My research

My research project titled ‘The nature and dynamics of ice stream beds: assessing their role in ice sheet stability’ aims to explore the basal conditions and geomorphology of Pine Island glacier through the analysis of geophysical data. This work has two main aspects outlined below.

Basal controls on ice stream flow

The movement of glacial ice is influenced by the terrain over which it flows. Characteristics of the bed’s geology, hydrology and topography determine the dynamics of ice flow. My research utilizes geophysical data to assess these characteristics in order to understand how they may influence the dynamics of Pine Island Glacier.

3-D Bed topography of Antarctica. Warm colours indicate bed elevations above present-day sea-level. Cool colours are bed elevations below present-day sea level. Data from Bedmap2 (Fretwell et al., 2013).

 

From this data I can produce 3-dimensional images of the topography of the ice stream bed and analyse temporal changes in basal conditions from repeat radar surveys. This information is important for improving the parameterization of ice stream beds in computer models used to predict the future behaviour of the West Antarctic Ice Sheet.

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Operating an ice penetrating radar on Pine Island Glacier (credit: D.Davies).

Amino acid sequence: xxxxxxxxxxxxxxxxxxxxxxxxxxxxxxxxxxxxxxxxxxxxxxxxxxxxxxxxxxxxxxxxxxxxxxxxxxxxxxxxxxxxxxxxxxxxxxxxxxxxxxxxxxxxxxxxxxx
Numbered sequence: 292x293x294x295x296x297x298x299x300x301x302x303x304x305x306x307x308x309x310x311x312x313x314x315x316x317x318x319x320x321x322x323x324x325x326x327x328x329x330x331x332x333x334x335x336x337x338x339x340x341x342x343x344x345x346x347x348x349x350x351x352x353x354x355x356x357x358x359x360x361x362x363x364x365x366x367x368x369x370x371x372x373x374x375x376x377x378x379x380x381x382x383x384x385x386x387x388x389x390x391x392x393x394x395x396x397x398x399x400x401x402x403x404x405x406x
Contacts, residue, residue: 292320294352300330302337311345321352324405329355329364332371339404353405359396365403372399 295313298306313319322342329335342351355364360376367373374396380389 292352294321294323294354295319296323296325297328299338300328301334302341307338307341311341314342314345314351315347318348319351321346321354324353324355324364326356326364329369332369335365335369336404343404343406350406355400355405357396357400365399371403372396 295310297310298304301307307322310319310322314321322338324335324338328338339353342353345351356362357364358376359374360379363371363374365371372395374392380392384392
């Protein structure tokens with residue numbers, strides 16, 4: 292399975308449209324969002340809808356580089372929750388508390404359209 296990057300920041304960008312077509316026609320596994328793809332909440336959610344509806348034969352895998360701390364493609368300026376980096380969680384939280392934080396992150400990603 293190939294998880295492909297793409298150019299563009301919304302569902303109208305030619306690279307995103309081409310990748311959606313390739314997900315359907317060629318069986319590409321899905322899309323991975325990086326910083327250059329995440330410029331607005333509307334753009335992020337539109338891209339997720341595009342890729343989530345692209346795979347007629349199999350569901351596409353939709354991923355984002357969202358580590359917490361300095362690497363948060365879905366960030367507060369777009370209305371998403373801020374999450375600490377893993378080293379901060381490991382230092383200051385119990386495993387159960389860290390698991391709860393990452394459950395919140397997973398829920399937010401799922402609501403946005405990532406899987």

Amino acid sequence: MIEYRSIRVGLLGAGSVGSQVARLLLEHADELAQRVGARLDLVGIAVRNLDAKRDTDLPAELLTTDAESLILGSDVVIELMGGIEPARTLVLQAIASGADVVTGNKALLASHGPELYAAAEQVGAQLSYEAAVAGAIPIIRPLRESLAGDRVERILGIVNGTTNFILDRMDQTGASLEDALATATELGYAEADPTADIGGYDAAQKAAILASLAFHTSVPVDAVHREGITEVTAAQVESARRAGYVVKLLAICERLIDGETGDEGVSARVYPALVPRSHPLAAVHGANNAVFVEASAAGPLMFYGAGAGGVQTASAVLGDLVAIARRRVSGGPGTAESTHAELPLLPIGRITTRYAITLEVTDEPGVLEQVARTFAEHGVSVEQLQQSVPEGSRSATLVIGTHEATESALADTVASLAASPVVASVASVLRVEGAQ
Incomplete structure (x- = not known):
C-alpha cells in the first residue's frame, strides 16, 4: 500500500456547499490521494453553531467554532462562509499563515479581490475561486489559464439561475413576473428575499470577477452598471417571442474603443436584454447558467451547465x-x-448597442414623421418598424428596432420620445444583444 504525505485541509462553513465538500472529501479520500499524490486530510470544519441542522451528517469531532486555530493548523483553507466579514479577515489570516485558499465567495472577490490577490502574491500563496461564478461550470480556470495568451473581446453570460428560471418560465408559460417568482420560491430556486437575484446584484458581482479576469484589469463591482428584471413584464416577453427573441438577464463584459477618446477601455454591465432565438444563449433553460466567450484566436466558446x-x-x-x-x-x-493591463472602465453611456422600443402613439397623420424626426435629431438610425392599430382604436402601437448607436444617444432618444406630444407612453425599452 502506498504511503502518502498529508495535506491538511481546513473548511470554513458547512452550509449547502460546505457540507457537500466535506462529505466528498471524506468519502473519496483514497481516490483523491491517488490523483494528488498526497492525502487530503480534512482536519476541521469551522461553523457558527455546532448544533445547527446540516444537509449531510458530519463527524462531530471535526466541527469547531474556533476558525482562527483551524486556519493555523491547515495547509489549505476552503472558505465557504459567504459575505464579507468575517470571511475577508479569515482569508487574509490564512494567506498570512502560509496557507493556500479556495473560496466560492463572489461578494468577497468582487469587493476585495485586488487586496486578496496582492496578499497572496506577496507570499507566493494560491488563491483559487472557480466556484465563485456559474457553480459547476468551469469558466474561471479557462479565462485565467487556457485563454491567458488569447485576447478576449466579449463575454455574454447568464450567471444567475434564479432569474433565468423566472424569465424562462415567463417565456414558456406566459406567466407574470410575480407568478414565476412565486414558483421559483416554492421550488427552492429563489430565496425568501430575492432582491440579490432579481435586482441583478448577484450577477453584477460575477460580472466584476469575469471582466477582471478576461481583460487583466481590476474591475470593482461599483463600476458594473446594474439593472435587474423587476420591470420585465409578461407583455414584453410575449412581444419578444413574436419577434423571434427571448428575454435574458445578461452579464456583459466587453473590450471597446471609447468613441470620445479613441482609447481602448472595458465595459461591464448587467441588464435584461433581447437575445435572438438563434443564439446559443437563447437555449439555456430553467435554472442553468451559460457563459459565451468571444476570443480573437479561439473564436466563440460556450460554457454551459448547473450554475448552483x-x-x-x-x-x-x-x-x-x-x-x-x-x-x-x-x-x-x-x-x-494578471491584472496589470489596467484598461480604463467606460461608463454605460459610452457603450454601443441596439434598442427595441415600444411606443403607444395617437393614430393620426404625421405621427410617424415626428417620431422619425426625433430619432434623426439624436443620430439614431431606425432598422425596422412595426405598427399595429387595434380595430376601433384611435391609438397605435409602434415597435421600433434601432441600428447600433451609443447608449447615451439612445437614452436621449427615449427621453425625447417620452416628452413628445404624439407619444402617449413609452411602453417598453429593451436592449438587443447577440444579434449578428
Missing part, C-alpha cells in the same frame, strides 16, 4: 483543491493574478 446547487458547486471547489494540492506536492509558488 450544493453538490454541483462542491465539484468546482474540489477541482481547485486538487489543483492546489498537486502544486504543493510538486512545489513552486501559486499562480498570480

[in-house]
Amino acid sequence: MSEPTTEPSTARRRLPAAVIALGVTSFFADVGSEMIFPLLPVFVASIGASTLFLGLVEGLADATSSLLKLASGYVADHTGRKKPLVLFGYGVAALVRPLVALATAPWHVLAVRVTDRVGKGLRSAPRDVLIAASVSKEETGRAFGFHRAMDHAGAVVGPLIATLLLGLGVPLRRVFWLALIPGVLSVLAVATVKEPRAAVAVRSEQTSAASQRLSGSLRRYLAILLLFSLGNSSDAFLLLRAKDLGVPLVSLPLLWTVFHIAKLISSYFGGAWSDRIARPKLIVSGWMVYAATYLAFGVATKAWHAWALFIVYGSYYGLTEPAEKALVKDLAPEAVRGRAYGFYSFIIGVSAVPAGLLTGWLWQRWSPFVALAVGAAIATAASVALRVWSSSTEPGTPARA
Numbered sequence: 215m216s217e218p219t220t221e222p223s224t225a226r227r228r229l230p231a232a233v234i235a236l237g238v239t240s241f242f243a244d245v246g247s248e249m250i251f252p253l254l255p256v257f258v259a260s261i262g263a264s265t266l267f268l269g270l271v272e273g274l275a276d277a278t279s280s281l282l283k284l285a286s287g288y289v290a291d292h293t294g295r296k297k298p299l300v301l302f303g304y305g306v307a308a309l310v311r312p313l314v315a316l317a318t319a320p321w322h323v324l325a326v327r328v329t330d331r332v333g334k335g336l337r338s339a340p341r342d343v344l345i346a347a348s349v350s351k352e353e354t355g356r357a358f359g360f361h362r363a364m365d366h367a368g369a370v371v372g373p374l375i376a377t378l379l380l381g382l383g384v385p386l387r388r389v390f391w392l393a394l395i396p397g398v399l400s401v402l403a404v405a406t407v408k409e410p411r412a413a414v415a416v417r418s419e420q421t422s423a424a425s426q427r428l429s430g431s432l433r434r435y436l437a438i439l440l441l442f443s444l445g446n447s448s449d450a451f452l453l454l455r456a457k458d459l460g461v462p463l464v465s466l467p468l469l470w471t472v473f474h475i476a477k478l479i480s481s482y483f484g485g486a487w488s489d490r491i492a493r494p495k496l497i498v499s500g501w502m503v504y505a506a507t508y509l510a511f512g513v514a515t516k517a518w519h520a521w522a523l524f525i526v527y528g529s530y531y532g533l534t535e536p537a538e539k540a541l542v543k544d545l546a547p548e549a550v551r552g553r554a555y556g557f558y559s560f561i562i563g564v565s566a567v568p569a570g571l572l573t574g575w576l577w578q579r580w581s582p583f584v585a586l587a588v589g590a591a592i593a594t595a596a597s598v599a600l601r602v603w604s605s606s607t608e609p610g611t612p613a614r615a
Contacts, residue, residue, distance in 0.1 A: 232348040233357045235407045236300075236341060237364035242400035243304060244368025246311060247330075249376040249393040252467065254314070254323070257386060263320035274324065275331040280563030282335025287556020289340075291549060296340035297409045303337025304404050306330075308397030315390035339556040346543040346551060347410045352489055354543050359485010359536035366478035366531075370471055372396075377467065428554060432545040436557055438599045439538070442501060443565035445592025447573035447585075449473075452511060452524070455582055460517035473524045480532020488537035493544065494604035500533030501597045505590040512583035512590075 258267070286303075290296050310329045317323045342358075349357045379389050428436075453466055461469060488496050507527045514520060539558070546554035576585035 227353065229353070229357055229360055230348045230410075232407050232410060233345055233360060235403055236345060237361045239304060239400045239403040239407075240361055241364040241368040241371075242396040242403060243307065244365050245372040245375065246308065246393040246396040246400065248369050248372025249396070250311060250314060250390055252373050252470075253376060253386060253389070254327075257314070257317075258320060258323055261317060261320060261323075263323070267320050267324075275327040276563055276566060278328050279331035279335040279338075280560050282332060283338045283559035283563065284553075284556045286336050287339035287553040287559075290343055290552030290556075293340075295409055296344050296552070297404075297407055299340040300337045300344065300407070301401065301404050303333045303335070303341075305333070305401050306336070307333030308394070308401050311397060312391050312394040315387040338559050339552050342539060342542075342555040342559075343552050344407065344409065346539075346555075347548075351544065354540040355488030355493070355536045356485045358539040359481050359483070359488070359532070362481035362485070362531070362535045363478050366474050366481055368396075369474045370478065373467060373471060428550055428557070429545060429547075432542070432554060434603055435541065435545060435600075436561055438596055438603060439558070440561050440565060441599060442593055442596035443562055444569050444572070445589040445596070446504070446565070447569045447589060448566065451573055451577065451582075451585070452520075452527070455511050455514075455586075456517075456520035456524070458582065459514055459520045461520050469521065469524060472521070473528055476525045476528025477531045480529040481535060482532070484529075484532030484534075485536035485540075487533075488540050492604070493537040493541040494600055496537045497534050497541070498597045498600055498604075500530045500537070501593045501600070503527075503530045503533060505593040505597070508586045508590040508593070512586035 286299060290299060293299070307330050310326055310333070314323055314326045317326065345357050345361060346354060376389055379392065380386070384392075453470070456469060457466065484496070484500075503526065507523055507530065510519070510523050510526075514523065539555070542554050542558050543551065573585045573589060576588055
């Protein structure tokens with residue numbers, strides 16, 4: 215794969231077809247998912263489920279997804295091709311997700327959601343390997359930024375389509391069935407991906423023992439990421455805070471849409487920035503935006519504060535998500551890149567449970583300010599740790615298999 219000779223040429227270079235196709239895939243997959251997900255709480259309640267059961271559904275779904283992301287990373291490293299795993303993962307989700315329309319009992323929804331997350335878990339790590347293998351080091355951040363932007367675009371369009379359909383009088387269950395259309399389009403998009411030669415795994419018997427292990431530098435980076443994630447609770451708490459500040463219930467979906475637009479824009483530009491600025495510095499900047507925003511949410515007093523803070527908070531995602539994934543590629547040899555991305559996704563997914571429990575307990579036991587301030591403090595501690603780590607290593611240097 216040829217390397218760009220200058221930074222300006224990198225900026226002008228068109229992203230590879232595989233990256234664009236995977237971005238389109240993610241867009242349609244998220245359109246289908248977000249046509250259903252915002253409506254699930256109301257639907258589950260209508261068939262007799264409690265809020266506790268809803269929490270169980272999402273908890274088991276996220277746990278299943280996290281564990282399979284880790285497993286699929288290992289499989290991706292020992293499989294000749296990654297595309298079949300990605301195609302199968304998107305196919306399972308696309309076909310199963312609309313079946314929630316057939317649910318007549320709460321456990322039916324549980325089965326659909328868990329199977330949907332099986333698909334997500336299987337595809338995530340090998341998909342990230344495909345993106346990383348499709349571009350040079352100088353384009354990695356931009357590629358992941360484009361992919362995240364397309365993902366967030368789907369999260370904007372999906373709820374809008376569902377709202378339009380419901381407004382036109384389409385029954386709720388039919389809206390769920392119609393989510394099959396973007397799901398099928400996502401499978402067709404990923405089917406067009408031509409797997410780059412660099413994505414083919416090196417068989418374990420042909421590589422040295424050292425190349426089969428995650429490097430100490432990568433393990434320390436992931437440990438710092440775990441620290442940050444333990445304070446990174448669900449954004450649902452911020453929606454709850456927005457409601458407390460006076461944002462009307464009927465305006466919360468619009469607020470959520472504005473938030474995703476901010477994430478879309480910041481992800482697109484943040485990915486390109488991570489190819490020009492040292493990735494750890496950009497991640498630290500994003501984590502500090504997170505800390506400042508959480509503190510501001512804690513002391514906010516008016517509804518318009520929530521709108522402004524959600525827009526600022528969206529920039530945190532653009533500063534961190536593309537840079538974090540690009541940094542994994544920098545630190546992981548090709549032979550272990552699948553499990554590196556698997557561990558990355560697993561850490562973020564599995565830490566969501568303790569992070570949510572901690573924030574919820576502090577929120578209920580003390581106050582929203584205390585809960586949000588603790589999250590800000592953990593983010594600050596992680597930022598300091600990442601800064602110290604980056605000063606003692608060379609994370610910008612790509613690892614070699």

Ice Stream Geomorphology

The other branch of my research is investigating landforms created beneath fast flowing ice streams. Ice streams drain ice from the interior of the Greenland and Antarctic Ice Sheets and have in the past drained ice sheets located over North America and Europe during the last glacial period. In Antarctica they are responsible for 90% of the drainage of ice from the interior of the continent and therefore are important in controlling the mass balance (the balance of ice accumulation and ice loss) of the ice sheet.

Landforms developed under former ice streams (or palaeo-ice streams) have been identified based on their streamlined appearance and include features such as drumlins and mega-scale glacial lineations (MSGL)1,2. MSGL are highly elongated ridges (over 10s of km in length) and are thought to formed in sediments beneath flast fowing ice. There is little data from beneath modern ice streams to test theories for their formation. Similarly, drumlins have been studied for decades yet no theory of their formation is widely accepted.

Radar-derived 3D topography of the bed of Pine Island Glacer. Data: D.Davies.
Radar-derived 3D topography of the bed of Pine Island Glacer. Data: D.Davies.

My research will provide data to test these theories and allow direct comparisons between palaeo and contemporary ice stream beds. This will enable new insights into how landforms are related to ice dynamics. For this work I use radar data from Pine Island Glacier and sub-ocean bathymetric data collected offshore, downstream of the present day ice-front that reveal landforms created during retreat of the ice stream from a more advanced position during the last glacial period (see image below).

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Streamlined landforms on a palaeo-ice stream bed offshore of the modern Pine Island Glacier ice shelf. Ice flow is from right to left. (Data from Nitsche et al., 2013).

 

1. Clark, C.D. (1993). Mega-scale glacial lineations and cross-cutting ice-flow landforms. Earth Surface Processes & Landforms, 181-29.

2. Stokes, C.R. & Clark, C.D. (2002). Are long subglacial bedforms indicative of fast ice flow?  Boreas, 31: 239-249.